I'm working on a project with the quite new STM32F429 in LQFP208 package.

I need to solder the first couple of prototype by myself for low budget reason. I choose this package so I could check myself if a problem is due to the routing/firmware or just a soldering issue.

In the project there are an LCD, a CAMERA, an ULPI and a 32b SDRAM bus plus some other slower interface.

The FMC BUS will be only used for SDRAM, no other memory is needed for the project.

The PCB stackup is a standard 4 Layer S-GND-VCC-S.

I need an advice for what would be the best approach to route the SDRAM/MCU interface.

Here there are 2 different design that could be done:


Left one will be the best to have very short traces, but it will not leave too much room for lenght matching,not really needed due to really low propagation delay for short traces). The LCD/ULPI/CAMERA bus could be routed externally whitouth much problem.

Right one could be better, slightly longer traces but lot of room for lenght matching, and still no termination needed. The LCD/ULPI/CAMERA bus will be routed externally but they will meet the SDRAM bus in lot of point so vias count will be increased on theese bus and layout will be much more complicated!


Both sides assembly is a must because of some other compontents.

Could you explain which one would you choose and why?


I choose the left one after populating the pcb, so there wasn't too much space for the right one.

This is the preliminary result.

Advice is still accepted to improove the layout:



Added Power and Ground vias:


Thank you!

  • \$\begingroup\$ Don't you want to route power and ground first? \$\endgroup\$
    – dext0rb
    Jan 3, 2014 at 23:56
  • \$\begingroup\$ It's a 4 Layer Board, decoupling caps are already placed, so I just need to put the via's and that's all! I will moove the traces if needed to make room for power vias. \$\endgroup\$
    – Leo
    Jan 4, 2014 at 0:18
  • \$\begingroup\$ Added PWR and GND via's! \$\endgroup\$
    – Leo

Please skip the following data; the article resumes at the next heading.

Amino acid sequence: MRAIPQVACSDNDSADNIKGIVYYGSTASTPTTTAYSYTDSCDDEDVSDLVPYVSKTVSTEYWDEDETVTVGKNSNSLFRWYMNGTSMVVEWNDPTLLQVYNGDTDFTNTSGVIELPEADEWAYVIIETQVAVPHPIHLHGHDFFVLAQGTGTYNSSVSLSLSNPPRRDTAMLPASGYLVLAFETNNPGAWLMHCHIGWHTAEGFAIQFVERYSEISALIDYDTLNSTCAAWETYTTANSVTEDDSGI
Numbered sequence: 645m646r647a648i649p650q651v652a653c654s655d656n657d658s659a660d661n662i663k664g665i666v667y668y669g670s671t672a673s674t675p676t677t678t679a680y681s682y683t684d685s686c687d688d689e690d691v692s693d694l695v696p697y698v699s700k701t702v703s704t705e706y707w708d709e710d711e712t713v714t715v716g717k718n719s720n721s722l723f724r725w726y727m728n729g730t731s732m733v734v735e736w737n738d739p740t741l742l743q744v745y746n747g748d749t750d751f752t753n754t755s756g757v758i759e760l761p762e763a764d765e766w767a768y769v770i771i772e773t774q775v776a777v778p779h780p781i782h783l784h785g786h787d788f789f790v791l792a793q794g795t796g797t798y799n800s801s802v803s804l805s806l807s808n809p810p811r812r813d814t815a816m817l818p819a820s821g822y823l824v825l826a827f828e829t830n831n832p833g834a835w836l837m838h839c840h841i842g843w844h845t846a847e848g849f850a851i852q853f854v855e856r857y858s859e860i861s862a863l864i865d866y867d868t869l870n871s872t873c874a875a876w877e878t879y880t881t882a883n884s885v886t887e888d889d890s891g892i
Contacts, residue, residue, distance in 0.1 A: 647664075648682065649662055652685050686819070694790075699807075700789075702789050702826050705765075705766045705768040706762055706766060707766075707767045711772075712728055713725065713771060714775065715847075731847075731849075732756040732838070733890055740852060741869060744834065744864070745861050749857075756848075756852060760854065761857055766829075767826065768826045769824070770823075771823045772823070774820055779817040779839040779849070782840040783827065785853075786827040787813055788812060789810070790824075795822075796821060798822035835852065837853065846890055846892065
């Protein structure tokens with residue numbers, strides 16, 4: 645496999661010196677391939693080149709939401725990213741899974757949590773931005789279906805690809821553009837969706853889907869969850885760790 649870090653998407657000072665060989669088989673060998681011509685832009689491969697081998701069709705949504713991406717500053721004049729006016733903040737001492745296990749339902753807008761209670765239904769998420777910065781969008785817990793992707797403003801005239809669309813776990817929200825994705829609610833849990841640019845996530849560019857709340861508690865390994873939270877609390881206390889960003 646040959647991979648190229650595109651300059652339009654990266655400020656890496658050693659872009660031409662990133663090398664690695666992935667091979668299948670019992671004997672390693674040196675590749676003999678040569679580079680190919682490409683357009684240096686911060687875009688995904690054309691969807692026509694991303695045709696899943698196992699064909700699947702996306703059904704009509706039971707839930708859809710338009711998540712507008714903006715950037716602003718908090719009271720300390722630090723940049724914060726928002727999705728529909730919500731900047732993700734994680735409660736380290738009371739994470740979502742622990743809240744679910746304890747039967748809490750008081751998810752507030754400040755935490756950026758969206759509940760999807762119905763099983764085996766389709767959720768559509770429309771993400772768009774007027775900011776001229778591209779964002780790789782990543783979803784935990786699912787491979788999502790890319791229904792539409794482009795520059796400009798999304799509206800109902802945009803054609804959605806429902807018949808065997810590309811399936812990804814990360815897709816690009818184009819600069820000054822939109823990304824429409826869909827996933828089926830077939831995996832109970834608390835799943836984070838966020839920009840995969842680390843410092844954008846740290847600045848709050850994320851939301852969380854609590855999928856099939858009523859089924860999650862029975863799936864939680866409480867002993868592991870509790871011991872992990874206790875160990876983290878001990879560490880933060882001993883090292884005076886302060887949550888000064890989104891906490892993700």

Jan 4, 2014 at 0:53
  • \$\begingroup\$ Ahh missed the 4 layer thing, sorry. \$\endgroup\$
    – dext0rb
    Jan 4, 2014 at 1:18
  • \$\begingroup\$ How about your SDRAM's performance after you get this PCB? \$\endgroup\$
    – Ross
    May 28, 2019 at 4:36

3 Answers 3


I would choose the right option for ease of assembly. One sided will also be cheaper if you go to larger scale manufacturing.

The only reason I'd pick the left option would be size constraints.

  • \$\begingroup\$ Both sides assembly is a must because of some other compontents. \$\endgroup\$
    – Leo
    Jan 1, 2014 at 17:31
  • \$\begingroup\$ Talk to your PCB maker, in any case. A big RAM chip on side 2 may be different from a cap here and there, and might necessitate a gluing step. \$\endgroup\$ Jan 1, 2014 at 18:11
  • \$\begingroup\$ Components for both sides requires anyhow hand TH step and gluing for 5MP camera module! I would say that i will not care about double assembly costs! If everything will work fine with this prototype I will go for a simpler 6 Layer PCB and BGA packages for both MCU/SDRAM and FPGA! \$\endgroup\$
    – Leo
    Jan 1, 2014 at 18:16

100 MHz SDR SDRAM doesn't really require any length matching. You could easily go away with the right option. That is what I have done by the way.

  • \$\begingroup\$ Depends on trace lengths, of course. But yes, if traces are less than 2" - not an issue at all. \$\endgroup\$ Nov 8, 2019 at 12:31

I'd choose the left one, and actually I've routed it like that on my PCB the first time, but in the end I changed the design to the layout on the right but with the RAM on the bottom layer. My rules of thumb are:

  • Route all the tracks with the same amount of vias and layers: this helps in making them almost negligible in the transmission line computation. In my case, every track has one, and only, via and goes from the top layer to the bottom layer. AFAIK this is more important than having the lines length tuned.

  • Keep RAM power ports as far as possible from the MCU. This COULD be a problem during DRAM refreshes and if the connection speed is very high, as very fast current transients may lower the power supply on your STM.

  • Every power port has to have its own capacitor, with its own vias. This helps in decoupling fast transients. (I saw you did it,too!)

I may add that this is my first relatively high speed project and I'm just an EE student with experience only in power circuits. I based my answers on what I learned in university in a course I did last year.

Hope it helps, I'd like to know if your design worked: my favourite choice was the left one, but I did not chose it in the final design because of the uncertainty on the power supply issues that may (or may not!!) arise.


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